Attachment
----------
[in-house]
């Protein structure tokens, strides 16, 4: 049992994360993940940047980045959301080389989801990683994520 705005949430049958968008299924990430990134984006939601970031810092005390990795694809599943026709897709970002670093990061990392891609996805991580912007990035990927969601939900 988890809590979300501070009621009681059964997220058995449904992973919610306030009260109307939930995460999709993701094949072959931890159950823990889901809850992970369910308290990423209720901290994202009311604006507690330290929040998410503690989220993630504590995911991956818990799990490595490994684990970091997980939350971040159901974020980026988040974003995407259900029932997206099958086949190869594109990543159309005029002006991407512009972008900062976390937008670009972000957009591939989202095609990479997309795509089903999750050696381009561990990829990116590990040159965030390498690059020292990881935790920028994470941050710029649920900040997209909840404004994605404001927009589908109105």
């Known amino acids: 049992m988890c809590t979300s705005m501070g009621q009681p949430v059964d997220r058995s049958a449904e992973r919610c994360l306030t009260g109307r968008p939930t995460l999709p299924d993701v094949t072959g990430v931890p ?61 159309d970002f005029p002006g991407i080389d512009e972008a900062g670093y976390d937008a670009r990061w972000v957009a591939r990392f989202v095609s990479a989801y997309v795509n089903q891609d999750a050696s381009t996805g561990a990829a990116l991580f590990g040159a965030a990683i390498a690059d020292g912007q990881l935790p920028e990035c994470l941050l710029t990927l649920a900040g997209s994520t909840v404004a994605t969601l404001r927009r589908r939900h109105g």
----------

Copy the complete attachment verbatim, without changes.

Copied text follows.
[in-house]
């Protein structure tokens, strides 16, 4: 049992994360993940940047980045959301080389989801990683994520 705005949430049958968008299924990430990134984006939601970031810092005390990795694809599943026709897709970002670093990061990392891609996805991580912007990035990927969601939900 988890809590979300501070009621009681059964997220058995449904992973919610306030009260109307939930995460999709993701094949072959931890159950823990889901809850992970369910308290990423209720901290994202009311604006507690330290929040998410503690989220993630504590995911991956818990799990490595490994684990970091997980939350971040159901974020980026988040974003995407259900029932997206099958086949190869594109990543159309005029002006991407512009972008900062976390937008670009972000957009591939989202095609990479997309795509089903999750050696381009561990990829990116590990040159965030390498690059020292990881935790920028994470941050710029649920900040997209909840404004994605404001927009589908109105």
């Known amino acids: 049992m988890c809590t979300s705005m501070g009621q009681p949430v059964d997220r058995s049958a449904e992973r919610c994360l306030t009260g109307r968008p939930t995460l999709p299924d993701v094949t072959g990430v931890p ?61 159309d970002f005029p002006g991407i080389d512009e972008a900062g670093y976390d937008a670009r990061w972000v957009a591939r990392f989202v095609s990479a989801y997309v795509n089903q891609d999750a050696s381009t996805g561990a990829a990116l991580f590990g040159a965030a990683i390498a690059d020292g912007q990881l935790p920028e990035c994470l941050l710029t990927l649920a900040g997209s994520t909840v404004a994605t969601l404001r927009r589908r939900h109105g």